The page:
I can't remember anything in particular that frightened me as a kid. I don't think I was particularly fearless; I just don't remember anything in particular. I enjoyed crawling through small spaces and loved heights, I got left behind with regularity (fourth of four) and always found my way home (no abandonment issues), etc.
However, the hamburger thing does remind me of a revelation I had as a child the first time I realized you were supposed to put the mustard on the the baloney, and not on the bread. I thought the mustard was there to make the bread taste better. When I realized it was there to make the meat taste better, I was simply amazed. What a concept! It's weird what impresses a kid, and what the adult remembers.
Clowny's Kool-Aid Man story reminded me that as a kid, I mixed all the flavors of Kool-Aid together, just to see what would happen. The result was a murky brown liquid that tasted nauseating. When I poured it out in the back yard, it killed the grass.
For many years, I couldn't look at, let alone eat, scrambled eggs. Fry 'em, boil 'em, heck serve 'em to me raw and that was just fine; but scrambled would make me gag.
I'm pretty sure I know why, though. Sunday morning breakfast was a big to do at my grandparents house. The whole family would attend church together, gathering at my grandparents home for her weekly breakfast feast, thereafter. Bacon and eggs with ham, pancakes, oatmeal, etc. If you would typically eat it for breakfast, my grandmother would prepare it. The problem was, she couldn't cook. Most of my family preferred their eggs scrambled, so that's what they got. Always so runny that you needed a sponge to eat them. To top it off, both my uncle and grandfather liked ketchup on their eggs. Their plates reminded me of lumps of bloody chicken flesh swimming in embryotic fluid. Needless to say, I opted for the oatmeal.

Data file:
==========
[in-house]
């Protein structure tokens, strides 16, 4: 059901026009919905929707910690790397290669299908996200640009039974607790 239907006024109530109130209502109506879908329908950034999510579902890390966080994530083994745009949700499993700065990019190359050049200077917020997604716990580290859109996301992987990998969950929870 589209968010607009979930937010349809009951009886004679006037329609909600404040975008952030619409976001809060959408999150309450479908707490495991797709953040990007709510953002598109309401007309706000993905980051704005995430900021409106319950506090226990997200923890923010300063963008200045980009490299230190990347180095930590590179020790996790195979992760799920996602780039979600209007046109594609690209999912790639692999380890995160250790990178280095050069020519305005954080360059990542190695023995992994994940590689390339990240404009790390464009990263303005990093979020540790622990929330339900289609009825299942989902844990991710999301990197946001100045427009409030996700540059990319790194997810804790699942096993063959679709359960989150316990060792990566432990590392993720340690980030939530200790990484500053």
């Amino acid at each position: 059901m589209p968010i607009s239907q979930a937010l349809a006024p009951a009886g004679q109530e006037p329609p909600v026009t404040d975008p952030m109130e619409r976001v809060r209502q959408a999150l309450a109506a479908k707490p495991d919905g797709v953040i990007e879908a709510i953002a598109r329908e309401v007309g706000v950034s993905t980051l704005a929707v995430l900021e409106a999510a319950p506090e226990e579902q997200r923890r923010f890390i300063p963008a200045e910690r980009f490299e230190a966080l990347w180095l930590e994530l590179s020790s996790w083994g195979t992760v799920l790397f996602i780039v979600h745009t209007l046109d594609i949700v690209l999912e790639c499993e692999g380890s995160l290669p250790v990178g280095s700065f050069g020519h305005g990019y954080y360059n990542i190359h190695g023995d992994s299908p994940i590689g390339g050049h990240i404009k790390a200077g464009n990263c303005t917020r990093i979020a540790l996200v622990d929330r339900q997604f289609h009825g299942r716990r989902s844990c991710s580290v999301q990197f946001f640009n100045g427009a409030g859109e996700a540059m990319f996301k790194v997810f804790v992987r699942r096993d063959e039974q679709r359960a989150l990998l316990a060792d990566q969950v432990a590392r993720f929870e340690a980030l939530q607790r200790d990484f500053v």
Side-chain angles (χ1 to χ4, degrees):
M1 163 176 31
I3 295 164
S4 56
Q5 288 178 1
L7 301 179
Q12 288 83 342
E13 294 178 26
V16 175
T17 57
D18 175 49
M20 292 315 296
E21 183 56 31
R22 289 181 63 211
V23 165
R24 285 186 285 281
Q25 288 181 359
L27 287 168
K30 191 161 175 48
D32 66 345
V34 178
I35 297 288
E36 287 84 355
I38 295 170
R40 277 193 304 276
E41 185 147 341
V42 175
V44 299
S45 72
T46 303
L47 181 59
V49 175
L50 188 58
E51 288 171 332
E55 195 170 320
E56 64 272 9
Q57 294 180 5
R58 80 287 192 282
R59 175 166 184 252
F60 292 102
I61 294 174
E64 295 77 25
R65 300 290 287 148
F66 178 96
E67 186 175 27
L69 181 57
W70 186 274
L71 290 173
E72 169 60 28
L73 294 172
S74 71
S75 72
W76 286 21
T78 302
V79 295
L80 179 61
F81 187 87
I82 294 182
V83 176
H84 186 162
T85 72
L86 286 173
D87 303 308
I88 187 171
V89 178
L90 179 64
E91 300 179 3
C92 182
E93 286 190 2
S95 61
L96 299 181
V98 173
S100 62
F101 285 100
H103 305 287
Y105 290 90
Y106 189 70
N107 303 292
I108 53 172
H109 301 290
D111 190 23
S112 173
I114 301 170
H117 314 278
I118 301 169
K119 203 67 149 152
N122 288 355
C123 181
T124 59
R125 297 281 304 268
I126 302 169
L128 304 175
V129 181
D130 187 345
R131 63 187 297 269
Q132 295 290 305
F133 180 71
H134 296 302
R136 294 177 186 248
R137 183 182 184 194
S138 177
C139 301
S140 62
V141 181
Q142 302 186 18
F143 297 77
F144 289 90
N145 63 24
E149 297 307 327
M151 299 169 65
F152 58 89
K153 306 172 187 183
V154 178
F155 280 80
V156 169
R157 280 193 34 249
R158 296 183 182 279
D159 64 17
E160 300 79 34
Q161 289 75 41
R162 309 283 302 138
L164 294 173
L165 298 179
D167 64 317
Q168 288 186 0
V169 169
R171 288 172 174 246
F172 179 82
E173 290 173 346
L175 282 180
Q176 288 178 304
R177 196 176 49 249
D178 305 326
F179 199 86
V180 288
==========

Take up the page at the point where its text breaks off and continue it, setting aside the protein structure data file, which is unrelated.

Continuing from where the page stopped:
It used to upset me when I would get the same prize in my cereal box week after week, in spite of the box offering one of several different prizes.